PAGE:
ABS87684

An assessment of Lactic Acid Bacteria as potential biocontrol agents against Fusarium head blight in spring barley


  • Oral Presentation
  • Plant Pathology
  • 12 Jun 2018 10:40
  • FS-G01, UCD Agriculture and food science Centre
  • View all IPSAM abstracts

Micheál Byrne*
Department of Crop Science, School of Agriculture and Food Science, University College Dublin, Belfield, Dublin 4, Ireland

Ganesh Thapa
Earth institute, SBES, Science East, University College Dublin, Belfield, Dublin 4, Ireland

James I. Burke
Department of Crop Science, School of Agriculture and Food Science, University College Dublin, Belfield, Dublin 4, Ireland

*Presenting Author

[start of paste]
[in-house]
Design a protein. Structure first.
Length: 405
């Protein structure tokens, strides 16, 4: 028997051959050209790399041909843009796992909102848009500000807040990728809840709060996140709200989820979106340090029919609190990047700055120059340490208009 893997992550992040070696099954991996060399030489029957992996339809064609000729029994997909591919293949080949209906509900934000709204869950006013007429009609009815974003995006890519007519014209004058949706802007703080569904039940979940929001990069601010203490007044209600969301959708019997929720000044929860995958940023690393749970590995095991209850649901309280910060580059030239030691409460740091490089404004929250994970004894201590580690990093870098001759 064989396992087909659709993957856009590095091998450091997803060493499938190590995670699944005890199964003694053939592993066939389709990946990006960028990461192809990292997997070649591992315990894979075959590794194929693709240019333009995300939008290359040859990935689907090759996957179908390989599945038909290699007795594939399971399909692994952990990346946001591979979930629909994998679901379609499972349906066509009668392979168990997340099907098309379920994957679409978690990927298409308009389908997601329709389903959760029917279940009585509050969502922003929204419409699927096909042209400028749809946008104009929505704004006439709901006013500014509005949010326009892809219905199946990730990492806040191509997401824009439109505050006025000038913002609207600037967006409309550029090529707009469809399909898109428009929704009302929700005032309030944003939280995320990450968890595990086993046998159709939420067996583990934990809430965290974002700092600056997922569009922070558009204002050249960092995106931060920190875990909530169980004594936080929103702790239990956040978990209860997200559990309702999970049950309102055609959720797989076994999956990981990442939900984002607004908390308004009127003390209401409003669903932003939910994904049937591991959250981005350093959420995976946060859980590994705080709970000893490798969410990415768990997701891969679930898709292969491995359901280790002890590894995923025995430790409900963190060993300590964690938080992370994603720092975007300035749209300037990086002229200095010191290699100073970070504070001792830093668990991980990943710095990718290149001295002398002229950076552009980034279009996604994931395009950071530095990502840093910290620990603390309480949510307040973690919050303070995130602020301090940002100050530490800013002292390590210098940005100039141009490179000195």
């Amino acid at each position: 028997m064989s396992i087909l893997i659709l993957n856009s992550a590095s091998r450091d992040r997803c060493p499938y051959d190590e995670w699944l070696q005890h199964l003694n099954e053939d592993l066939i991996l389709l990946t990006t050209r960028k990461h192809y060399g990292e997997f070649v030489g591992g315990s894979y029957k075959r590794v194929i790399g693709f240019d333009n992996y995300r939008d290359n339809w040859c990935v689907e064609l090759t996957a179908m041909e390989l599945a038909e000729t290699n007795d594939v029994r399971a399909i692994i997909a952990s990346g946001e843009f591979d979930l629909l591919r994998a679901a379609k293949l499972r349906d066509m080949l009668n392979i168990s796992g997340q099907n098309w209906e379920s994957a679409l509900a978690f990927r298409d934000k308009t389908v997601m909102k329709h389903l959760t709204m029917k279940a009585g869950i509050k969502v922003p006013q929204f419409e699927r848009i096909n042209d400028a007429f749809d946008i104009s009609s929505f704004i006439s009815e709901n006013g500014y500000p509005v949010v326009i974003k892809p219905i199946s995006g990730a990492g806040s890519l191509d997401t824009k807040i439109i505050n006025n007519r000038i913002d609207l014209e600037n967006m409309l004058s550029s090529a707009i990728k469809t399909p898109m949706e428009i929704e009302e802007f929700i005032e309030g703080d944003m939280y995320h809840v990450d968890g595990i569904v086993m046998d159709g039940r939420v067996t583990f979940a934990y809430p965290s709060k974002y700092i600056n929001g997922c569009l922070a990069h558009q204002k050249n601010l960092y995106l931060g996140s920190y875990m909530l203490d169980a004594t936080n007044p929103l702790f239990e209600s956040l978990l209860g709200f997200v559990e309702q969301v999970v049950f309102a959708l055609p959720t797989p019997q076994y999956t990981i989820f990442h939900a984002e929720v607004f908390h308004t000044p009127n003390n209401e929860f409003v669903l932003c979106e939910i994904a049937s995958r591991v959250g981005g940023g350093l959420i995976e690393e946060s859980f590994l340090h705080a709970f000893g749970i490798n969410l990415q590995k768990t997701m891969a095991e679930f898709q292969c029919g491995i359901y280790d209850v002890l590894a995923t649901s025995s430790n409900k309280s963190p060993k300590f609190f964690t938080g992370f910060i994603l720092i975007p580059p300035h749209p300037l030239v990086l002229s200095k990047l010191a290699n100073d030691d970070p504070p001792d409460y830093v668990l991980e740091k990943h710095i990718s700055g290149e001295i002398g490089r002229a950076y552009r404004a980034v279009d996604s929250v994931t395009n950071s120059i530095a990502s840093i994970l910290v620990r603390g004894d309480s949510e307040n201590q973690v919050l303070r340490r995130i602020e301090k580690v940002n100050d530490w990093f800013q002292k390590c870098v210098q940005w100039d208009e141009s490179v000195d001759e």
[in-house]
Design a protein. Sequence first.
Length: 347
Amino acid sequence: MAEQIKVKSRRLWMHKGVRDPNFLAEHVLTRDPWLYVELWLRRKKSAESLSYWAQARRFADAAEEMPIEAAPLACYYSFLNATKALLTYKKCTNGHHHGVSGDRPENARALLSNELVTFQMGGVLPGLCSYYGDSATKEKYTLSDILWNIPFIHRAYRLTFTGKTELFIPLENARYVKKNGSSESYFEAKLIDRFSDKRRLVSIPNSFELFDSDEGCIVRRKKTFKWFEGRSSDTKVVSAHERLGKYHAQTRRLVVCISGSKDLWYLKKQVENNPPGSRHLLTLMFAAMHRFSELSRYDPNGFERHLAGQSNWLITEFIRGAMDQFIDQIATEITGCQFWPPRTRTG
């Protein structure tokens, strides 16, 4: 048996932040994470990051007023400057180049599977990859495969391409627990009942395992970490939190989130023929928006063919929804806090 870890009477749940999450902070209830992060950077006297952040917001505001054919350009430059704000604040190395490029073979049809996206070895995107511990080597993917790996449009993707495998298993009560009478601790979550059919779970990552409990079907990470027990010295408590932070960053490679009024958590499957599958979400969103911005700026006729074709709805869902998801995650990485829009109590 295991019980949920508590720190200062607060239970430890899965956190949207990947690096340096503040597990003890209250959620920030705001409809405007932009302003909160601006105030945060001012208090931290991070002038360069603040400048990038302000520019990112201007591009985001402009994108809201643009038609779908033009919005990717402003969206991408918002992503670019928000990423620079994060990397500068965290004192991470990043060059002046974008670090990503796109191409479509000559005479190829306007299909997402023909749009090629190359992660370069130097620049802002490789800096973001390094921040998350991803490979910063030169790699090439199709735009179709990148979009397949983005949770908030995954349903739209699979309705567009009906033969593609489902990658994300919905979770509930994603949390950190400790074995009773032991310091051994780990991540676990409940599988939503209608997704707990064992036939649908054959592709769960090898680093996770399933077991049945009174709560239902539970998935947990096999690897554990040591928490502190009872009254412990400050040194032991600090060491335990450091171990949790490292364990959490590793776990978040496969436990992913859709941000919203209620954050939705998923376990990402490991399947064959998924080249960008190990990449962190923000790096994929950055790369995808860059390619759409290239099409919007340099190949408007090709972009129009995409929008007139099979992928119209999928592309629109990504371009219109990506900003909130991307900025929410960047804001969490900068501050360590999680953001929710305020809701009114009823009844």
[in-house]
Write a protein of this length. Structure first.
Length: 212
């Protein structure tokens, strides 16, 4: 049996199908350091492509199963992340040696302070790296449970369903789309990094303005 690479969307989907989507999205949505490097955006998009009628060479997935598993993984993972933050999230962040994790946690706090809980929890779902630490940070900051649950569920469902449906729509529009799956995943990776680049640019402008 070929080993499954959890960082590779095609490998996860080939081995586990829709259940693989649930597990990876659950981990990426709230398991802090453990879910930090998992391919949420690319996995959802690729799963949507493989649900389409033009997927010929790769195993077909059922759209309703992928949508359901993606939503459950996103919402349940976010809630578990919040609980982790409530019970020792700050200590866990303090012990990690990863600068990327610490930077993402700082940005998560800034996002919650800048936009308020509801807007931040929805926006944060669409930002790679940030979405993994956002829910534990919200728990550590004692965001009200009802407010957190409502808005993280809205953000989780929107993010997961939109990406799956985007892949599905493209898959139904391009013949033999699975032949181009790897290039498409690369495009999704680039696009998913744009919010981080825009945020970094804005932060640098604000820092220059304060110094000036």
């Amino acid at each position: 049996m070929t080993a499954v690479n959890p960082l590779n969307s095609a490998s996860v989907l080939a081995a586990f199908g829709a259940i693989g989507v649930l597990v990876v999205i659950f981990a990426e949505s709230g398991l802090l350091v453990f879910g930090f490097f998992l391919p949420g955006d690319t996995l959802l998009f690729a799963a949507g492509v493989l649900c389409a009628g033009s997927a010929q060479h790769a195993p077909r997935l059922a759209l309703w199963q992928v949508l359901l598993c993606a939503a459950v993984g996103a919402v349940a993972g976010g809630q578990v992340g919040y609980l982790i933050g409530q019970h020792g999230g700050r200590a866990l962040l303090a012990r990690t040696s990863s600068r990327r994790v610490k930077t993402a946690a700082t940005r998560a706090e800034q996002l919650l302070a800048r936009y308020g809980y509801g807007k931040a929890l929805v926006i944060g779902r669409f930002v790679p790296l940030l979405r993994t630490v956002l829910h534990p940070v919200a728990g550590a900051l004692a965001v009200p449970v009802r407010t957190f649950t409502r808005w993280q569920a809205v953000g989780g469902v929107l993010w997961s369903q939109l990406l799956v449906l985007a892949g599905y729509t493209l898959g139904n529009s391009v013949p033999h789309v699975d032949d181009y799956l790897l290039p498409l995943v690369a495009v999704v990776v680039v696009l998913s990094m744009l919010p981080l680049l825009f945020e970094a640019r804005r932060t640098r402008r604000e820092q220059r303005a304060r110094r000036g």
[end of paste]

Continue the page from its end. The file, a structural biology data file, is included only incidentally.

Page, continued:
Fusarium head blight (FHB) is a devastating economic disease encountered by barley crops worldwide, caused mainly by Fusarium graminearum and Fusarium culmorum under Irish and UK conditions. This study evaluated the effect of six Lactic acid bacteria (LAB) isolates on the control of FHB under in vitro, glasshouse and field conditions. LAB isolates were screened based on their ability to control Fusarium growth in in vitro sourdough cultures. Under dual-culture assays, inhibition zones of up to 10.49% and 17.16% of total plate area were recorded for the most effective LAB isolates compared to the control (0.16%). Detached-leaf assays further validated the antifungal activity and showed the potential of all test isolates to significantly inhibit spore production. Spray inoculations of LAB 24 hours prior to Fusarium spore applications significantly reduced disease severity for five isolates (P < 0.05). Mycotoxin analysis showed one LAB isolate to reduce Deoxynivalenol compared with the positive control (P < 0.05). Under field conditions, these LAB isolates showed varying potentials as disease control agents across sites, cultivars and seasons. A preliminary gene expression experiment also provided evidence that LAB influence the expression of important FHB defence related marker genes in spring barley. These results indicate a potential for LAB as part of an Integrated pest management strategy for the management of FHB. This work was emanated from a joint collaboration between the Department of Crop Science, School of Agriculture and Food Science, University College Dublin and the School of Food and Nutritional Sciences, University College Cork with financial support from DAFM.